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The UK Government published its Climate Change Programme 2006 and DTI Microgener ...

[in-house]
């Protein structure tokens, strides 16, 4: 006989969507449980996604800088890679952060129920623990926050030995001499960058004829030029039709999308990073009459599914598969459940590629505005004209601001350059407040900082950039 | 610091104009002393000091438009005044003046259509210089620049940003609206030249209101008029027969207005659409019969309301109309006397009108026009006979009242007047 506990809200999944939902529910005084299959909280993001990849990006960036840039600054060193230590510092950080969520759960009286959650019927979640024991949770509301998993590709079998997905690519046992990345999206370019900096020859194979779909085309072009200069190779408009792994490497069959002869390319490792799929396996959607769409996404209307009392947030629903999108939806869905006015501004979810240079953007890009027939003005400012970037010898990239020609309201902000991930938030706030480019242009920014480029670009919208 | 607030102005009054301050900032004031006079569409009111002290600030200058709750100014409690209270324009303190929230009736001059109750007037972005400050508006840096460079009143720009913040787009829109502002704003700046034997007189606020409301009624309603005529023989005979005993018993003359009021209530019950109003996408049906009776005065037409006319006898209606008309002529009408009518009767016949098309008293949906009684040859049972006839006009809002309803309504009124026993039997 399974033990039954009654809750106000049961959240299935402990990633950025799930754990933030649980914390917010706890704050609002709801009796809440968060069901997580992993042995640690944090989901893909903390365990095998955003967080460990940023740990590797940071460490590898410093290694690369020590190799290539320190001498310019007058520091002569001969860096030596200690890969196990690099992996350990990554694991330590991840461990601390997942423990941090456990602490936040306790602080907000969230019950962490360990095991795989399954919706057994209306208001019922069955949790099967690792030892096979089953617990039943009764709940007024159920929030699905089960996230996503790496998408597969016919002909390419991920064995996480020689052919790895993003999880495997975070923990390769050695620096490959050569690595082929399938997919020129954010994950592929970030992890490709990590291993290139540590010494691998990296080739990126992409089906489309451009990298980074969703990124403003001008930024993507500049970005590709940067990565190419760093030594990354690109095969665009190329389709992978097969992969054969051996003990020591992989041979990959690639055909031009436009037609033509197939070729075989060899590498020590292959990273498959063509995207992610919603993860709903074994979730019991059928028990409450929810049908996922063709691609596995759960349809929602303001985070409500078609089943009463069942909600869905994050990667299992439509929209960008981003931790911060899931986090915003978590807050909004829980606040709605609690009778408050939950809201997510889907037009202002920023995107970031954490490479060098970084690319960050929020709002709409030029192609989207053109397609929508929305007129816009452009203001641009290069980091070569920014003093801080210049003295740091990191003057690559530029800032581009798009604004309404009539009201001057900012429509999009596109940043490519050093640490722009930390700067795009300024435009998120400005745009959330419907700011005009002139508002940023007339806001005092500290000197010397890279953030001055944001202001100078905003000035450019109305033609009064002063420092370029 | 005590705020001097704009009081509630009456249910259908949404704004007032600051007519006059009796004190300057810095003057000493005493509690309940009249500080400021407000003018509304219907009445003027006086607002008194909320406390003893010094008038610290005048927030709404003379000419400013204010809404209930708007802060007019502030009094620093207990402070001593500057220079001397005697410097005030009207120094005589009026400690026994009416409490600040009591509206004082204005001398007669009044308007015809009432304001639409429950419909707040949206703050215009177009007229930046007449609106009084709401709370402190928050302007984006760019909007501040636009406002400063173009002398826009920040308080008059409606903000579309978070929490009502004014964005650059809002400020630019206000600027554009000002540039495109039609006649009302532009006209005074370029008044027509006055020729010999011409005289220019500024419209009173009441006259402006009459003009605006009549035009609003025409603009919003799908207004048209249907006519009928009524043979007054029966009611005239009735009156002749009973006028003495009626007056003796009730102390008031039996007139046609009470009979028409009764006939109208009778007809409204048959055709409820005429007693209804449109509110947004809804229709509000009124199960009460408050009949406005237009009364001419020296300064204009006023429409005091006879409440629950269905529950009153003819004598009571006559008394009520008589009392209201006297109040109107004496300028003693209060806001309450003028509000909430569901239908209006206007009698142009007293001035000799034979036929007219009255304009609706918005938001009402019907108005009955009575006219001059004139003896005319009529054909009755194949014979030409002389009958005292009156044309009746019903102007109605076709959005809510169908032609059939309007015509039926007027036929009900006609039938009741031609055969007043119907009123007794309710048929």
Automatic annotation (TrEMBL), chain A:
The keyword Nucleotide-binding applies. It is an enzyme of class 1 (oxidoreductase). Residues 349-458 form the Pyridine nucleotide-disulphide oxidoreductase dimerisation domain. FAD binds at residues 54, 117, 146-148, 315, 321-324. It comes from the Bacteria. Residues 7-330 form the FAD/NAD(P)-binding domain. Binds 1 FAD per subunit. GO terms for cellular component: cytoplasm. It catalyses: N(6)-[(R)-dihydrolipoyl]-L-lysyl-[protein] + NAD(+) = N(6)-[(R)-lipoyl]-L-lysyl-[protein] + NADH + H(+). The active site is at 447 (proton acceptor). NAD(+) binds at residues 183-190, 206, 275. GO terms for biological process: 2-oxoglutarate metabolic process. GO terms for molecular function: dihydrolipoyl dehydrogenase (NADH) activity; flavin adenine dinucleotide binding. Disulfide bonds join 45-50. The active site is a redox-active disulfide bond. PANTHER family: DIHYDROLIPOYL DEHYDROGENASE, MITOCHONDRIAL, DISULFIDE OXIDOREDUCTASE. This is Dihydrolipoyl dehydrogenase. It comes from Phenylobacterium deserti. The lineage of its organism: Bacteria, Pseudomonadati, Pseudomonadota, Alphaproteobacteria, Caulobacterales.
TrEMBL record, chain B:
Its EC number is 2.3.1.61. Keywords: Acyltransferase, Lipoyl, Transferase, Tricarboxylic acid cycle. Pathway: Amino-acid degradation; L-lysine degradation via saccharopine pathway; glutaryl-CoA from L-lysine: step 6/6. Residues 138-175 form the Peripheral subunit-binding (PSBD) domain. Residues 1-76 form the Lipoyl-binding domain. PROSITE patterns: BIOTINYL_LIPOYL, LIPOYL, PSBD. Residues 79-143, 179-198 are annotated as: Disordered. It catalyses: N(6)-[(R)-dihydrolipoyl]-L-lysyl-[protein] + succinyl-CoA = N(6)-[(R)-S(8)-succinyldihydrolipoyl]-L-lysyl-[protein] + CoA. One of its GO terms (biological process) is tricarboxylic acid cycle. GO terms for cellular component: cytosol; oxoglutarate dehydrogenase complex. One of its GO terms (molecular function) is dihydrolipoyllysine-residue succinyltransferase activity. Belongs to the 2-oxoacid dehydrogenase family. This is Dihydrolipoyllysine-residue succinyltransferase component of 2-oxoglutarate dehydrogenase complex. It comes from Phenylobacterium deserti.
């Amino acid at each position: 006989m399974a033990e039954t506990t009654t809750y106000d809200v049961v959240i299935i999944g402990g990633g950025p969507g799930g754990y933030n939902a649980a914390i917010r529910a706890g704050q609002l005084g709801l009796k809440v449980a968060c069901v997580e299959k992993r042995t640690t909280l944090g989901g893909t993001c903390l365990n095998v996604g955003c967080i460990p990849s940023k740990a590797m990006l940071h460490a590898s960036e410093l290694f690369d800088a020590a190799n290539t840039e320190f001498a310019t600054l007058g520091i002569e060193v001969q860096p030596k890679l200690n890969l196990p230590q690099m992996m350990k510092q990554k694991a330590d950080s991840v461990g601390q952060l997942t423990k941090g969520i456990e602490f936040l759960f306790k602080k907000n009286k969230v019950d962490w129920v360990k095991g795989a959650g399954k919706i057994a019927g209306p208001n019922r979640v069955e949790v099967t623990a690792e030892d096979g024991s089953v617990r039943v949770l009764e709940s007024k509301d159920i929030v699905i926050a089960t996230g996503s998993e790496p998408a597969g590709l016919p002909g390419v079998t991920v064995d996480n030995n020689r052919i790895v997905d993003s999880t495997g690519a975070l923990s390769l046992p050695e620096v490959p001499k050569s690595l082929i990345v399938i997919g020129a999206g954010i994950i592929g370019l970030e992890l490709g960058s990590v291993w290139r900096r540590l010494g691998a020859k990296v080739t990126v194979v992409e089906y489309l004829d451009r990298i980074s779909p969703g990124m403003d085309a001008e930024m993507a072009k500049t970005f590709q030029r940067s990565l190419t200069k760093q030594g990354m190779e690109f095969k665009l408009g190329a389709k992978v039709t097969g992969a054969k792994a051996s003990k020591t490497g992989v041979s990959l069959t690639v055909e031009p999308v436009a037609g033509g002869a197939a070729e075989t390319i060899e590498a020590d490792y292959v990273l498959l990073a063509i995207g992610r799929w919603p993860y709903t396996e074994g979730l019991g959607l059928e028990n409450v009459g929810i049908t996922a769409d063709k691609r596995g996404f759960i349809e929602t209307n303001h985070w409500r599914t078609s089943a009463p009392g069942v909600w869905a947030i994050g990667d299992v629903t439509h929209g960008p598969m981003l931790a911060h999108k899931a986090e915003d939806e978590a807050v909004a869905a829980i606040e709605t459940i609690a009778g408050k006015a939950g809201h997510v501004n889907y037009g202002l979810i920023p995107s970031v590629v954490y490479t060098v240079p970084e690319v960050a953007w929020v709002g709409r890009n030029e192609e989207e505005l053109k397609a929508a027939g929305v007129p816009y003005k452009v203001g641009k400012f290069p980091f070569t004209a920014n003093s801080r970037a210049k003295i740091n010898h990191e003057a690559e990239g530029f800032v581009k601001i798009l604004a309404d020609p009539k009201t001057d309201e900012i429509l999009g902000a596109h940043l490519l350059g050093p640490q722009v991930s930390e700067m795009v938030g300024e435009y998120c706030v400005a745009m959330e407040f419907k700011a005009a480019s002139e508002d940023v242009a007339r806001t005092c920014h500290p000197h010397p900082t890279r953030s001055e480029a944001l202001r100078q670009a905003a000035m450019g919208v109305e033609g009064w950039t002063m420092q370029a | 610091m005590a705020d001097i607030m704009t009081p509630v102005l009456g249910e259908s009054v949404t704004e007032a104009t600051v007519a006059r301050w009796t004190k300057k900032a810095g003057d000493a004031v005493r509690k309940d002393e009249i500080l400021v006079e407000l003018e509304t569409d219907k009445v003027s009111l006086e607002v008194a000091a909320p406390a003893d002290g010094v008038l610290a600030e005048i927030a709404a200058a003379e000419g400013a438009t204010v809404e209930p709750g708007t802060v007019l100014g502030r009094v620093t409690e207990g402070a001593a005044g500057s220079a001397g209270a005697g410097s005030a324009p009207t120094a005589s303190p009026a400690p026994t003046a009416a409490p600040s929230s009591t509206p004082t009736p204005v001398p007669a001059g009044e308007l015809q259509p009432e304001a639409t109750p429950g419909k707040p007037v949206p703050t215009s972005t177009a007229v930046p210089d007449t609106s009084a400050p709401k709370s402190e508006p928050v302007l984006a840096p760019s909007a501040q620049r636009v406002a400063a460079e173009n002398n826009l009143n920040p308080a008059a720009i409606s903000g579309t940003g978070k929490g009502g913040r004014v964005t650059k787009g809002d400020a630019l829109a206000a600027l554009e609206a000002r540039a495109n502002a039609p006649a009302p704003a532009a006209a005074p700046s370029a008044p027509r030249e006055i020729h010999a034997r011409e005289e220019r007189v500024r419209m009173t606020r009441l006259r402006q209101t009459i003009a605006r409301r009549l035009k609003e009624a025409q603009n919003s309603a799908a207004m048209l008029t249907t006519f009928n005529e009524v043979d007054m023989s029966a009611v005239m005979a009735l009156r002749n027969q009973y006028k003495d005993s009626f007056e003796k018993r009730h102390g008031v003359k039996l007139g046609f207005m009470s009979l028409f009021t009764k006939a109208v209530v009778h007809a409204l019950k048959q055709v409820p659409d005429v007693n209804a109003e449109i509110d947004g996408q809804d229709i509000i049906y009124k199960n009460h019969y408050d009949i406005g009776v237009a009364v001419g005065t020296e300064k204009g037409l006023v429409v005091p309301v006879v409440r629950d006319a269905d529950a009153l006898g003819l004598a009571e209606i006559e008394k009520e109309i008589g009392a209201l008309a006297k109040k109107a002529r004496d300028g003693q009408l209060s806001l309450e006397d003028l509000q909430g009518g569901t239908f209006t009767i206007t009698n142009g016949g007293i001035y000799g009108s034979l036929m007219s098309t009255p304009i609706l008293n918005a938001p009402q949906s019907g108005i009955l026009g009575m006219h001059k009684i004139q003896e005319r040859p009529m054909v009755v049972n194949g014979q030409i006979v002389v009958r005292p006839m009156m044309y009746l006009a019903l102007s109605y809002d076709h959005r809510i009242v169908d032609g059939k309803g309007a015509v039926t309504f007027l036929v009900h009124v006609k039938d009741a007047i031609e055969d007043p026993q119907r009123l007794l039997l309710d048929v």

The UK Government published its Climate Change Programme 2006 and DTI Microgeneration Strategy ‘Our Energy Challenge - Power from the people’ on 28 March 2006. The documents may be downloaded from the Defra website at www.defra.gov.uk The Climate Change Programme sets out the policies and priorities for action in the UK and internationally, with the measures to reduce emissions targeting every sector of the economy. They include a stricter emissions cap for industry; measures to encourage the uptake of biofuels in petrol; tighter building regulations; measures to improve household efficiency; and a renewed emphasis on encouraging and enabling the general public. The Programme is expected to reduce the UK's emissions of greenhouse gases to between 23% and 25% below base year levels and reduce the UK's carbon dioxide (CO2) emissions to between 15% and 18% below 1990 levels by 2010. The new policies in the Programme are also expected to reduce carbon emissions by between 7mn and 12mn tonnes by 2010. This takes the government close to its domestic target of a 20% reduction by 2010. However, higher than anticipated levels of economic growth and the recent rises in global energy prices that have altered the relative prices of coal and gas are reported to have led to increased emissions, making the target ‘more challenging’. Environment Secretary Margaret Beckett said: ‘This ambitious programme sets out our plans for tackling climate change at global, national and individual level. All three are essential. Climate change is a global problem that needs global solutions. But we must act now to meet our commitments. This programme contains a package of far-reaching measures that will affect all the major sectors and sources of UK emissions. But it is not the last word. There is more that government can and will do to meet the target. Further contributions could be made by the Energy Review and other policies over the coming years.’ Commenting on the Climate Change Programme 2006, the National Energy Foundation’s (www.nef.org.uk) Chief Executive, Tim Lunel, said: ‘This is the first comprehensive review of what needs to be done in the UK since 2000. Since then, there has been ever-clearer evidence of the damage from changing climate patterns, with more storms, floods in winter and drier summers. Carbon dioxide emissions from burning fossil fuels are the main contributor to global climate change and the easiest way to reduce these harmful emissions is through improving energy efficiency and the introduction of renewable energy.’ ‘However,’ Dr Lunel continued, ‘we note that the UK is unlikely to meet the 20% target for cutting CO2 by 2010 contained in the 1997 election manifesto, and will miss it by between 3mn and 8mn tonnes of carbon a year (2%-6% of total CO2 emissions) despite a number of new targets and initiatives announced by Defra. We believe that the UK may yet meet this important target if the government were to focus on increasing the take up of microgeneration integrated into homes, offices and factories; raising standards on appliances, especially those used for entertainment and in offices; and focusing more on energy use in transport.’ Commenting on the DTI’s microgeneration strategy, which includes the provision of additional support for technologies producing electricity or heat from renewable sources, such as solar water heating (SWH), ground source heat pumps, photovoltaics and biomass, Dr Lunel said: ‘We welcome this additional strategy, but believe that the government will need to increase funding support, especially for households who wish to install tried and tested microgeneration technologies that still need support to reach a scale of production and installation to be competitive with fossil fuel alternatives. The extra £50mn announced in the Budget will be useful, but it will not enable a sea-change in the attitudes of the public towards generating their own energy from homes. A clear signal from the DTI that it will invest in the infrastructure to support decentralised energy generation would send a powerful message that the UK’s future energy strategy will be based around the efficient use of renewable energy.’

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